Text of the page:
Some companies are running a performance feedback/performance review at this time of the year. Often enough I have found cases that employees are quite reluctant to discuss about getting a pay rise despite that they have given their best to their organization. Expecting their managers have already understood on what they want.
The conversation around asking for a raise is going to feel awkward and uncomfortable, but push through that momentary discomfort to get the potential reward of a raise.
The fact is, you need to state what you want.
Here are some tips which I hope can be useful for you to negotiate on your pay rise:
- Start with researching what the market is paying for existing roles. Then collect evidence on your successes and achievements, what you have delivered against your KPI’s and also what you have achieved beyond your role expectations. Research means that you can go check to your friends/network with similar role as you are. It’s important to check with people who are in the same industry as you are because every industries have different standard. Networking with a recruitment consultant can also be useful for you because they can give you the insight on the latest market trends.
- I acknowledge that in established companies, the performance review system is already set up. However, if you don’t have a performance review system in your company, drive your own. Book a time with your manager to discuss thoroughly about this topic. Know what you want before you start the discussion with your manager. Back up with arguments on your achievements and prepare with challenging questions from your manager. You need to be ready to answer every possibility of scenario during the discussion. Don’t argue to have a pay rise because you think you have stayed long enough with the company. An employer will give you a pay rise because they know you are contributing to the bottom line.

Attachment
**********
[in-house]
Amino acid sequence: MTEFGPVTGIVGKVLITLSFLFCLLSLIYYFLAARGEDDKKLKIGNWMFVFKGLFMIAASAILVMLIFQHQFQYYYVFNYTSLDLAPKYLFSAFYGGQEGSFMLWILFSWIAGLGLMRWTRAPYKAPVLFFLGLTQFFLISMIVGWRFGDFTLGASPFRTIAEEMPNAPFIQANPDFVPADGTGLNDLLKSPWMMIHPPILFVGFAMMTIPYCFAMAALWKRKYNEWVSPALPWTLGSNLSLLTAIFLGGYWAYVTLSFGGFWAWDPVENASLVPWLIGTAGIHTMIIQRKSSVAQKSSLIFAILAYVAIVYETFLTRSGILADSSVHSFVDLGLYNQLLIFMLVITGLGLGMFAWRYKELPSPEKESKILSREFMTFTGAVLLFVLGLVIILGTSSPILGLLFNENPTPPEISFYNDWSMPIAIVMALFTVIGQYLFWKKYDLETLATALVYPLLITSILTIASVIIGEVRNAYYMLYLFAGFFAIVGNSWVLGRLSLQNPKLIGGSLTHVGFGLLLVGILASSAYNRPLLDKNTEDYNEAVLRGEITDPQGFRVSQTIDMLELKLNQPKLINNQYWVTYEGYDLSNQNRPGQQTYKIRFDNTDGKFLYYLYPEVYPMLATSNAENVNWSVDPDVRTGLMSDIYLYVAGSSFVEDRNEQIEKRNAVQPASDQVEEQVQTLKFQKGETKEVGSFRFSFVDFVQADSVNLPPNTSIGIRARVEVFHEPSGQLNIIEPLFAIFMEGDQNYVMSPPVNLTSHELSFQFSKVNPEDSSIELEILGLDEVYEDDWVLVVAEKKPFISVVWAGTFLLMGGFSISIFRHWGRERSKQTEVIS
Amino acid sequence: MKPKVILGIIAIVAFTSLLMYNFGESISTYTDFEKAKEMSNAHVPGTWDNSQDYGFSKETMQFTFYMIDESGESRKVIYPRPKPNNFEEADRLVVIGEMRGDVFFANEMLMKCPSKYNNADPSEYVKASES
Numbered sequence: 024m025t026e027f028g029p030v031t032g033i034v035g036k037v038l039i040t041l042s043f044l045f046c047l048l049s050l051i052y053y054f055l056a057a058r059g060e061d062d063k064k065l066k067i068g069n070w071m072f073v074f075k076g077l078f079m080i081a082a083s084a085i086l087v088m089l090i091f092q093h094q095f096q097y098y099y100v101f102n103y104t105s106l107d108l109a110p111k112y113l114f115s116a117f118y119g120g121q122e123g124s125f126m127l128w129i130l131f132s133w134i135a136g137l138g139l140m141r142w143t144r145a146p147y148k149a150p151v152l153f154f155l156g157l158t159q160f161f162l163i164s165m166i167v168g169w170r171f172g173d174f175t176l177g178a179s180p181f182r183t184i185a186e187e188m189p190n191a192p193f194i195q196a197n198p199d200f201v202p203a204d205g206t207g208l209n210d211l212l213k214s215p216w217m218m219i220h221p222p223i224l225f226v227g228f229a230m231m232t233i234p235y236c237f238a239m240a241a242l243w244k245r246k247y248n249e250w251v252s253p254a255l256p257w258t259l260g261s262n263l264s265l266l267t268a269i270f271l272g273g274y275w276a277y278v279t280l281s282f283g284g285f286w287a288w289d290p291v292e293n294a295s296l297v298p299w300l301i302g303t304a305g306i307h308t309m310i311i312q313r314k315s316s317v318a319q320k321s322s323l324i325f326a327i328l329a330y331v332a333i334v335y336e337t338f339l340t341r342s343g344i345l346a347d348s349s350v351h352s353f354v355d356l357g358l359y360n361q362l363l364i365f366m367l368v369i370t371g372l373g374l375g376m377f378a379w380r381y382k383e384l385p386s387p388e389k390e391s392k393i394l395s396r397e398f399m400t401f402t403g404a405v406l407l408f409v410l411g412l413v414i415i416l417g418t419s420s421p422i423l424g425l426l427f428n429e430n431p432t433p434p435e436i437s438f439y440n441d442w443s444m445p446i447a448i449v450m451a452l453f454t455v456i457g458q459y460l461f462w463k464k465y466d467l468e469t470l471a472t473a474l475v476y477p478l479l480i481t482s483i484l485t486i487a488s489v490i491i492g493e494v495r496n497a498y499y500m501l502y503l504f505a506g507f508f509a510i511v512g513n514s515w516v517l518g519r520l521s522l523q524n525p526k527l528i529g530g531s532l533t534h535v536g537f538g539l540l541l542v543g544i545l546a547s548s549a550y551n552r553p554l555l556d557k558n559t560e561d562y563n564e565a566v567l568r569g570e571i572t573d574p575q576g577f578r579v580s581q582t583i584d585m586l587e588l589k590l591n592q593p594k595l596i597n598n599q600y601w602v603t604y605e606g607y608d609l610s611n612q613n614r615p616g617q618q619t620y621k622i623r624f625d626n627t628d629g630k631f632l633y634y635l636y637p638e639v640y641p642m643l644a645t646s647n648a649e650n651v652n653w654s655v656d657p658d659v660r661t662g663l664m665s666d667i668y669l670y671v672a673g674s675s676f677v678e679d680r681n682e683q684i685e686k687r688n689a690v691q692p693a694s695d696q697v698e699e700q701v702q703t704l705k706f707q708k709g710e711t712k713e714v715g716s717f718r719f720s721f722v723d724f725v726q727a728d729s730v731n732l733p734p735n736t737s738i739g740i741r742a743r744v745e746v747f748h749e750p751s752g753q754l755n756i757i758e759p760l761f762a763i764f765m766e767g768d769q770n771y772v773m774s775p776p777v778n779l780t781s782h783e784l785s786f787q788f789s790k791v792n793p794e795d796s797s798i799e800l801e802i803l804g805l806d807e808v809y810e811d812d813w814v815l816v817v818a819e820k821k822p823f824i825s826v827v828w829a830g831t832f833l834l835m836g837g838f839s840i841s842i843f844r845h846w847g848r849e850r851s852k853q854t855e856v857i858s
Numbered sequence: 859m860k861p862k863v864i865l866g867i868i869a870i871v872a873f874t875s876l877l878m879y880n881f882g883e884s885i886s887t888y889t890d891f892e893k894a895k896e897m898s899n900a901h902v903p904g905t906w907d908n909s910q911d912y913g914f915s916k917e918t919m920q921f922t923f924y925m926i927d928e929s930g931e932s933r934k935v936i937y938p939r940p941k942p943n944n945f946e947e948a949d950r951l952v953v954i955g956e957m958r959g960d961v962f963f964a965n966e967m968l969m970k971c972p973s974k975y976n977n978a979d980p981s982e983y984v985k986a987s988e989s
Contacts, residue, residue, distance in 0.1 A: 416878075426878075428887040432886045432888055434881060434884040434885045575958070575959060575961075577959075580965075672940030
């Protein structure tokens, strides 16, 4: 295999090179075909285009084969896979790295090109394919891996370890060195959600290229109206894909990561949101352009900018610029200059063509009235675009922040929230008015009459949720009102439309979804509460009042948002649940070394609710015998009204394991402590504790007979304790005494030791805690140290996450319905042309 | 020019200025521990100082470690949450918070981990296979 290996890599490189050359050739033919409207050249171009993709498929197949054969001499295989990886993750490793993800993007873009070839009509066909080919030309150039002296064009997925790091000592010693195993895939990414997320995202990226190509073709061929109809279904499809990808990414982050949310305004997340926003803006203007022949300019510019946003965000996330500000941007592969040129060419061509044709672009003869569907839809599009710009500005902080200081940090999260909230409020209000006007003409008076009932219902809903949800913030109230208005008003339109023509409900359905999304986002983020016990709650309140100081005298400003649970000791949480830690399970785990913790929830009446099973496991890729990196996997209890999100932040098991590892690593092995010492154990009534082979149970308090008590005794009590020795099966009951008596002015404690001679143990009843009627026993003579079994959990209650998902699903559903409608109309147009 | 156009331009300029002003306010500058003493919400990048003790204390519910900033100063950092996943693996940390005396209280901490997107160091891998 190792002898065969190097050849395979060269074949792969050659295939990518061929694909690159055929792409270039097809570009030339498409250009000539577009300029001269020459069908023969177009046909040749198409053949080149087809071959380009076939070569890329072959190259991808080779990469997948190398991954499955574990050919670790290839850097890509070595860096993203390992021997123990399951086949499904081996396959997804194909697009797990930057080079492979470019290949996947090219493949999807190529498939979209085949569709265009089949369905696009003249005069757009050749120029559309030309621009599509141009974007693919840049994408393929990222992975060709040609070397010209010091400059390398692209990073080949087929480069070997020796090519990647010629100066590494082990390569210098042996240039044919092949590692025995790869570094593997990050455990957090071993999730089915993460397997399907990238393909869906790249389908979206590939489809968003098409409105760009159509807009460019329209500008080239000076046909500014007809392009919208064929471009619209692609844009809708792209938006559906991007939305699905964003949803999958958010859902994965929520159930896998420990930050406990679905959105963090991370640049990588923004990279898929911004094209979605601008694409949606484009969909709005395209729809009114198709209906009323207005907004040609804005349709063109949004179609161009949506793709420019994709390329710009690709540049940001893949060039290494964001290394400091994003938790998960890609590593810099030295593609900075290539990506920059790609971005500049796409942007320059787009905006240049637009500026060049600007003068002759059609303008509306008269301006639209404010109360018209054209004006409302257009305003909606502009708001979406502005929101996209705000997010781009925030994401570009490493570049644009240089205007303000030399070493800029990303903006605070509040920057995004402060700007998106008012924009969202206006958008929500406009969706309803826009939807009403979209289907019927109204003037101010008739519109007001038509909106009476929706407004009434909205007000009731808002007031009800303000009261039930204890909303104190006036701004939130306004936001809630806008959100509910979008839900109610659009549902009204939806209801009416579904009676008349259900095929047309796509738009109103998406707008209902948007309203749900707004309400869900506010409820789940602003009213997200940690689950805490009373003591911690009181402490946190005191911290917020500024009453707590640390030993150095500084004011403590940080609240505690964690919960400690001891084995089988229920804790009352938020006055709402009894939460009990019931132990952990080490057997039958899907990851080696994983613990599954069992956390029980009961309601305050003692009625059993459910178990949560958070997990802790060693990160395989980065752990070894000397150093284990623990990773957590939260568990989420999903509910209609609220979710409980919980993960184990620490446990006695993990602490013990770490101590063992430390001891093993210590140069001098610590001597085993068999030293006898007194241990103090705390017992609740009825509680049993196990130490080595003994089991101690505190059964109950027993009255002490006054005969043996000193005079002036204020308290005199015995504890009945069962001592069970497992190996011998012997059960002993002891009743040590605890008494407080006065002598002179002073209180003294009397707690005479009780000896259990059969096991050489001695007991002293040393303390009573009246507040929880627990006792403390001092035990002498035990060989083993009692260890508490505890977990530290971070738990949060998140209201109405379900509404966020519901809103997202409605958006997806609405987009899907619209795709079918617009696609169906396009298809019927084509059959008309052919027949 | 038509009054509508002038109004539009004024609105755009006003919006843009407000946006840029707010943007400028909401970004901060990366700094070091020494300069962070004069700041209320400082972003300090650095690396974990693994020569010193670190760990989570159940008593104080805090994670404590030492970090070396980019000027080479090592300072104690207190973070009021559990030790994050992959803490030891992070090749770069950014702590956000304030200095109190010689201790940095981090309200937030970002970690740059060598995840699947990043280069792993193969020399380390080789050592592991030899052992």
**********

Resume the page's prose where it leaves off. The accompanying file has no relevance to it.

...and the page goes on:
- If staying in the current role cannot justify for you to get a pay rise, get an alternative job offer with a higher pay. Present it to your manager. State that you want to stay in the company however the additional money from the other company will have a big impact on your personal life. i.e. help pay the bills, putting your kids into good schools etc. If they really want to keep you, they’ll come back with a counter offer. If they don’t, you know that it’s time to move on to a company that will value you more.
However, even with the most eloquent and persuasive presentation of facts, be prepared for a ‘no’ if company performance and your performance means pay increases are on hold for the year.
If you can accept the ‘No’ answer
Stay in the company, accept the situation and be happy with it. Engage with your job and keep doing your best. You need to be able to see the overall situation. Yes, the job cannot give you the pay rise as what you expect, but think about the intangible things that the company can give to you now and in a long run. Personal development, great challenges that can stretch your capability, managerial skill, interesting role that you love, the working environment that you love. And the list will keep going. Be positive. You just need to know what are the things that you value and what suit you. Don’t stay in a company while holding your grudge. It’s not good for your soul and others.
If you cannot accept the ‘No’ answer
Go find another job that you think will suit your expectation and needs. However, please ensure that you do your research well before moving to a new company because every companies have its pros and cons. Be ready with the new challenges in the company. By the end of the way, it really depends on what you are looking for in your career. What make you happy and what make you committed to do the best to the company and to others.
Be happy, overcome challenges and bring impact.
Managing Partner – APG Consult